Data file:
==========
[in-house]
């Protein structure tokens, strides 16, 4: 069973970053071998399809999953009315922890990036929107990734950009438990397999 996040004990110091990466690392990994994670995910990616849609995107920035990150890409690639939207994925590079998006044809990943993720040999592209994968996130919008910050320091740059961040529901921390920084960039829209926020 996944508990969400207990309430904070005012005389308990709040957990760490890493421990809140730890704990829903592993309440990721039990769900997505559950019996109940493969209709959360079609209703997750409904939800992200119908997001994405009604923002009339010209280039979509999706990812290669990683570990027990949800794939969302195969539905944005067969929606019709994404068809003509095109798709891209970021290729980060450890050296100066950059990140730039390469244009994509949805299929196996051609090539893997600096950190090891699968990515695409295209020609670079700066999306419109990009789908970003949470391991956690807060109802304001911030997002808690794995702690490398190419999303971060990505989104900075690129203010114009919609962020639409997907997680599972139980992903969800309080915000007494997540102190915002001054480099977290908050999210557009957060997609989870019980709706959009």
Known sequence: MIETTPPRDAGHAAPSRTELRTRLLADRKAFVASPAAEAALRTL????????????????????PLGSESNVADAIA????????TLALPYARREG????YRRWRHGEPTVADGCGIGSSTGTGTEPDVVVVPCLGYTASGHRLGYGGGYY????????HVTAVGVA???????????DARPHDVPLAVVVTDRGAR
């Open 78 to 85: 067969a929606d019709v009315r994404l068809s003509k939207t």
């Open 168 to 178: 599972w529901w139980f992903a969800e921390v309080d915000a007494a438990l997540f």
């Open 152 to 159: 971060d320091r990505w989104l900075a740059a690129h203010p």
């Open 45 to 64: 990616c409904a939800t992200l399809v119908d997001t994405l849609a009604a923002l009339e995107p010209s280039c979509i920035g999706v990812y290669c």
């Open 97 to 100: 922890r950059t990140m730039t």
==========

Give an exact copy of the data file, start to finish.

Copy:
[in-house]
């Protein structure tokens, strides 16, 4: 069973970053071998399809999953009315922890990036929107990734950009438990397999 996040004990110091990466690392990994994670995910990616849609995107920035990150890409690639939207994925590079998006044809990943993720040999592209994968996130919008910050320091740059961040529901921390920084960039829209926020 996944508990969400207990309430904070005012005389308990709040957990760490890493421990809140730890704990829903592993309440990721039990769900997505559950019996109940493969209709959360079609209703997750409904939800992200119908997001994405009604923002009339010209280039979509999706990812290669990683570990027990949800794939969302195969539905944005067969929606019709994404068809003509095109798709891209970021290729980060450890050296100066950059990140730039390469244009994509949805299929196996051609090539893997600096950190090891699968990515695409295209020609670079700066999306419109990009789908970003949470391991956690807060109802304001911030997002808690794995702690490398190419999303971060990505989104900075690129203010114009919609962020639409997907997680599972139980992903969800309080915000007494997540102190915002001054480099977290908050999210557009957060997609989870019980709706959009």
Known sequence: MIETTPPRDAGHAAPSRTELRTRLLADRKAFVASPAAEAALRTL????????????????????PLGSESNVADAIA????????TLALPYARREG????YRRWRHGEPTVADGCGIGSSTGTGTEPDVVVVPCLGYTASGHRLGYGGGYY????????HVTAVGVA???????????DARPHDVPLAVVVTDRGAR
């Open 78 to 85: 067969a929606d019709v009315r994404l068809s003509k939207t």
């Open 168 to 178: 599972w529901w139980f992903a969800e921390v309080d915000a007494a438990l997540f």
């Open 152 to 159: 971060d320091r990505w989104l900075a740059a690129h203010p």
């Open 45 to 64: 990616c409904a939800t992200l399809v119908d997001t994405l849609a009604a923002l009339e995107p010209s280039c979509i920035g999706v990812y290669c």
């Open 97 to 100: 922890r950059t990140m730039t």